Art & Sculpture

UCLA reconstructs lost Tiwanaku temple with 3D printing

An archeology team at the University of California, Los Angeles (UCLA) have reconstructed the ruins of Tiwanaku (AD 500-950), a Unesco World Heritage Site in Bolivia, using 3D modeling and 3D printing.

The Tiwanaku is a Pre-Columbian (before the arrival of the Europeans) site that covers an approximate area of four km/sq around the Lake Titicaca. The Titicaca Basin is known to be one of the places where a unique civilization was formed.

With his research team, Dr. Alexei Vranich, a renowned archeologist and an expert on the pre-Columbian era, reconstructed a 3D model of a part of Tiwanaku. 

The ruins of the Pumapunku. Image via Wikipedia
The ruins of the Pumapunku. Image via Wikipedia

Reviving cultural heritage

The part restored by Dr. Vranich and his team is the Pumapunku (Gateway of Puma or Jaguar), believed to be a temple at the Tiwanaku site. The Pumapunku had been subjected to frequent looting by colonialists and treasure hunters.

The temple is formed of finely cut sandstone slabs and large blocks of andesite, a fine-grained volcanic rock. The seventeen sandstone slabs cover an area of 6.72 meters in width and 38.72 meters in length and are the foundation ground for the 150 andesite stones. All these stones now lay in ruin scattered all around. Furthermore, there are no plans or models of the original site, and it is believed that the temple was unfinished at the time of building. So restoration of the site was difficult, to say the least. 

The andesite blocks at the Pumapunku site. Image via Heritage Science
The andesite blocks at the Pumapunku site. Image via Heritage Science

3D printing Pumapunku

3D scanning proved inefficient in this case as it was laborious and irrelevant to the task at hand, i.e. understanding the underlying geometry of the Pumapunku temple.

Therefore, the researchers relied on data collected over 150 years, mostly from the archival notes and drawings of Leonce Angrand, a nineteenth-century French painter, Max Uhle (1893), a German archeologist and Jean-Pierre Protzen, a professor of architecture at UC Berkeley.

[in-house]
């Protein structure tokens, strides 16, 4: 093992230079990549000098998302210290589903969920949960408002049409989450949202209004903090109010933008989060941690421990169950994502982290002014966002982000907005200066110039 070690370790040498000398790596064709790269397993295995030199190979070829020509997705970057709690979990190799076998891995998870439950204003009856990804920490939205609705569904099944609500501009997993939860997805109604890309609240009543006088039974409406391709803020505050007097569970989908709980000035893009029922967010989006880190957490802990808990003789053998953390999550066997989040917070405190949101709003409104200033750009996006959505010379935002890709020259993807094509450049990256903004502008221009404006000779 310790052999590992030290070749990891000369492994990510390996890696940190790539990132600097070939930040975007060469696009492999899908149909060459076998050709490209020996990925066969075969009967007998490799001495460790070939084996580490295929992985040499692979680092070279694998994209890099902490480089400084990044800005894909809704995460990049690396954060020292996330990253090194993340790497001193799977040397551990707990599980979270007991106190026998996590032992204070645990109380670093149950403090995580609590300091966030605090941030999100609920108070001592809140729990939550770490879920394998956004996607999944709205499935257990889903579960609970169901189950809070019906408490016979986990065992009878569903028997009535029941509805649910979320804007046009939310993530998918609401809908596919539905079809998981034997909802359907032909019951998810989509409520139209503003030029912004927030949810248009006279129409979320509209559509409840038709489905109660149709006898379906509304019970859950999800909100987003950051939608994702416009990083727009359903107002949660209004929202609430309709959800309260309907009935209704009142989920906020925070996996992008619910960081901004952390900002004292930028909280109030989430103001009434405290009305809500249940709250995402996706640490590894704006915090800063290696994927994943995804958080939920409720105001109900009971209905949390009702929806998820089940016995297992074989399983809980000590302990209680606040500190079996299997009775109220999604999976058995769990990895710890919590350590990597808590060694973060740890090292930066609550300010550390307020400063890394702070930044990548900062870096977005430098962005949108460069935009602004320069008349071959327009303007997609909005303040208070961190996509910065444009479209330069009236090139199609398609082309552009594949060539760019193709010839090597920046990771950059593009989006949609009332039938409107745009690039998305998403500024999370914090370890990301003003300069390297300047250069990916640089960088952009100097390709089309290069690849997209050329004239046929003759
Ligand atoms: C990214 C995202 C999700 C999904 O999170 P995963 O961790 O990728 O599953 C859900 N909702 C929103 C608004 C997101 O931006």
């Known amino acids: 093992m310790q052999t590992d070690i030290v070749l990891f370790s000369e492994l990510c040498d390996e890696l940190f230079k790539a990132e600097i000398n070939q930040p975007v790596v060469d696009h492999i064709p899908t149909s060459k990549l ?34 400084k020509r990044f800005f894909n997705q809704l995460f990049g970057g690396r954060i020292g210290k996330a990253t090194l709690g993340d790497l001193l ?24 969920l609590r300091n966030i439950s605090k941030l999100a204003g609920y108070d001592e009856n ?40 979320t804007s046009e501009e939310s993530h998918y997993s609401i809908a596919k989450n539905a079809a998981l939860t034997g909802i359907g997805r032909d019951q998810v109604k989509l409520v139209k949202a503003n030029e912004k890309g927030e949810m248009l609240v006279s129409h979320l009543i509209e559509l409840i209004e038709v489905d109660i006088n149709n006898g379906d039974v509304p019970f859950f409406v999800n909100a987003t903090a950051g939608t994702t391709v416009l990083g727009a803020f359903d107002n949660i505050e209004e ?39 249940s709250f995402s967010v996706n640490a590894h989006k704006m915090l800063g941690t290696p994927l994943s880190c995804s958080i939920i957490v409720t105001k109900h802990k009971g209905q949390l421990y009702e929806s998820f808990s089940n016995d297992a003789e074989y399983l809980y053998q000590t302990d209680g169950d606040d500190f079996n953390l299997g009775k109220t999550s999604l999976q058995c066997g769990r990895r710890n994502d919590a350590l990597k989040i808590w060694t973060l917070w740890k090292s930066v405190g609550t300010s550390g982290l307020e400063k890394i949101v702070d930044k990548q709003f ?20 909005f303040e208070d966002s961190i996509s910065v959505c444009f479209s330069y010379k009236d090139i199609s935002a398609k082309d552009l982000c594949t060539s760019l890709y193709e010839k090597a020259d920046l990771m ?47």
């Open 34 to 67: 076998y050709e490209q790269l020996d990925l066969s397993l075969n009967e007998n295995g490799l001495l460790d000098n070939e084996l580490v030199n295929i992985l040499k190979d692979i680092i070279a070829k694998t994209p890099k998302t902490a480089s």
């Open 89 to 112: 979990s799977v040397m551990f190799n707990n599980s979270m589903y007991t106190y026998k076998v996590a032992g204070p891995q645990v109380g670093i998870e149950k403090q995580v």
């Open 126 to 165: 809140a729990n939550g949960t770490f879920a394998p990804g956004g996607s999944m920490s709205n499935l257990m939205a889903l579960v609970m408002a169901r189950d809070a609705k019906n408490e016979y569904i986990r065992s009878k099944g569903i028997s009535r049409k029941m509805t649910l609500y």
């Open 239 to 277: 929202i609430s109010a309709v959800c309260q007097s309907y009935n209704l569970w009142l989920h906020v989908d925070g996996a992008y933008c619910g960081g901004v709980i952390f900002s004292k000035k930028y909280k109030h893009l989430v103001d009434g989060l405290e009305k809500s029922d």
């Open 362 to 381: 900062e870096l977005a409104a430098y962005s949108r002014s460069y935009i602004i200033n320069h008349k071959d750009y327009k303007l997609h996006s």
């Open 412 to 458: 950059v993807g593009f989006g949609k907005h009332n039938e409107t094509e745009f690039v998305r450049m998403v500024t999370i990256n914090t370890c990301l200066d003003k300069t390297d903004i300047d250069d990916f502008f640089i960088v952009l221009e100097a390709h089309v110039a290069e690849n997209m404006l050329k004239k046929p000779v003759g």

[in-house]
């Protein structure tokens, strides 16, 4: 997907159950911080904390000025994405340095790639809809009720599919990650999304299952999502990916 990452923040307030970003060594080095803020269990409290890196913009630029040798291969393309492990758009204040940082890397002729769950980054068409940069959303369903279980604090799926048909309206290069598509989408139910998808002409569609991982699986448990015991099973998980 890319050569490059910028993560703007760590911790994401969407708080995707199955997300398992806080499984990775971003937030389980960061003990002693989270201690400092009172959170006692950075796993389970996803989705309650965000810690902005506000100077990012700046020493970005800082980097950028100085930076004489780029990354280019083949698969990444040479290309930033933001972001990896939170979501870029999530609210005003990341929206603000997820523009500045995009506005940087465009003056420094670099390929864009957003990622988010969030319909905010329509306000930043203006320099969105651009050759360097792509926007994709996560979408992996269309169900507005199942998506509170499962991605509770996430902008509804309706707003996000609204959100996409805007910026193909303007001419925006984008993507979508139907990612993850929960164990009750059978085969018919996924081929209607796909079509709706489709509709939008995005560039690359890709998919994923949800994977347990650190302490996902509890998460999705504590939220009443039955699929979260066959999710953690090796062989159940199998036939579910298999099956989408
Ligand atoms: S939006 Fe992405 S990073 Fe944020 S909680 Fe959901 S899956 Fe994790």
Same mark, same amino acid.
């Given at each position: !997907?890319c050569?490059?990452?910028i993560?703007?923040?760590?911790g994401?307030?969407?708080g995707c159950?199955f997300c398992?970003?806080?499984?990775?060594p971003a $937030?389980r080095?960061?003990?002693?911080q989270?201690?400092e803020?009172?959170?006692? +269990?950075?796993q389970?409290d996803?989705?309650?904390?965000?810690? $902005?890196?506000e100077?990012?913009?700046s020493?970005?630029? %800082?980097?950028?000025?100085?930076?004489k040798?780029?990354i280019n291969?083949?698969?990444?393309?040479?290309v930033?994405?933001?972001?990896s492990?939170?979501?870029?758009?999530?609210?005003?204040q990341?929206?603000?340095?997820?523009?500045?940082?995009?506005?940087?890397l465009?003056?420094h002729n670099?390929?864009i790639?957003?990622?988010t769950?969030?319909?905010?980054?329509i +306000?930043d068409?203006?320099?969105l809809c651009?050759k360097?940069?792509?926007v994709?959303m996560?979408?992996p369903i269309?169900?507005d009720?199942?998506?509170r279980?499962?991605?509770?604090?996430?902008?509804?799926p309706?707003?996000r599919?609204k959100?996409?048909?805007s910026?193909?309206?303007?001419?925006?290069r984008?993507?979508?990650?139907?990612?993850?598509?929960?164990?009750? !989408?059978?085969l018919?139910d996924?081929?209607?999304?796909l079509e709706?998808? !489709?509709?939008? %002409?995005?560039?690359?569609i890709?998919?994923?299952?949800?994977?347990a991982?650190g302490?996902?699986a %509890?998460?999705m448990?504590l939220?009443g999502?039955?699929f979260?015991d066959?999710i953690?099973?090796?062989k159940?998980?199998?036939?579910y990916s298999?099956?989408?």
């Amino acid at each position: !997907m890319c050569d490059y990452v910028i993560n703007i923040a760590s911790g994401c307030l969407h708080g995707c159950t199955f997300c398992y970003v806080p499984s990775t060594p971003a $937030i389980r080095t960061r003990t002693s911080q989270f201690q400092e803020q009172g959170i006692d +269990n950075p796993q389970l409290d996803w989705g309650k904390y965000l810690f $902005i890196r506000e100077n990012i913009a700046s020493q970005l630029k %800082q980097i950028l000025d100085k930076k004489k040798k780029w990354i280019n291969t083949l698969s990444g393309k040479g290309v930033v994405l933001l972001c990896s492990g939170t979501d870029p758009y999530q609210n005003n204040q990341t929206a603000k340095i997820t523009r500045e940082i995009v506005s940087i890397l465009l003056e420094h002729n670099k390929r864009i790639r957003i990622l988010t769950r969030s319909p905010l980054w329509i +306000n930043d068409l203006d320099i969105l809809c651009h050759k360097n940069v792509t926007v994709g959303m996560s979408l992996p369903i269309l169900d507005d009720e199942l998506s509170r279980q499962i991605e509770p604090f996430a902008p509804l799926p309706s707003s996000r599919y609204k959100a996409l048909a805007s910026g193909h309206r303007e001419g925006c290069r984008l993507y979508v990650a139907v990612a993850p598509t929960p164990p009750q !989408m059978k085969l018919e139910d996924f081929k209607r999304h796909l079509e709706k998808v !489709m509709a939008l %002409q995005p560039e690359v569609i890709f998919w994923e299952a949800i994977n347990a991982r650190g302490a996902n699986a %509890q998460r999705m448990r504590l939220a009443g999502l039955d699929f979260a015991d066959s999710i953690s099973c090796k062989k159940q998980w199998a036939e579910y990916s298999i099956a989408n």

These notes and drawings were translated into CAD designs of the Pumapunku using Sketchup, a 3D modeling software used in architecture.

In the next stage, the project team 3D printed the models, first using an FDM/FFF printer and then moving to the powder-based ZPrinter 310 from Z Corporation (now 3D Systems). The models of Pumapunku ruins were scaled to 4% of the original site.

Stages of 3D printing a Pumapunku gate. Image via Heritage Science
Stages of 3D printing a Pumapunku gate. Image via Heritage Science

Recreating Pumapunku

Finally, the pieces were assembled. One of the skills archeologists are trained with are manipulating complex geometries in their imagination to find the right fit. For this project, they decided to put this skill to good use and assembled all the models manually. This was preferred because designing an algorithm for automatic arrangement of the stones of Pumapunku was neither feasible nor efficient.

In a published study of this project, it was also mentioned that assembly of 3D printed archeological models improves visualization and geometric manipulation skills which could help in archeological training in the future.

The .stl files of the Pumapunku temple have been made available to the general public.

Further reading

Of course, Tiwanaku is not the only site of cultural heritage to receive the benefits of 3D printing. Following its destruction at the hands of ISIS, the ancient city of Palymra has been famously recreated with 3D printing, harnessing crowdsourced data.

Through a partnership between CyArk and Google there are now hundreds of 3D models of heritage sites publicly available online. And MyMiniFactory’s Scan the World project houses over ten thousand 3D printable models of cultural landmarks and artworks from around the globe.

The UCLA research discussed in this article is titled Reconstructing ancient architecture at Tiwanaku, Bolivia: the potential and promise of 3D printing. It was published in Heritage Science journal and is authored by Alexei Vranich.

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Featured image shows the ruins of Pumapunku. Image via Wikipedia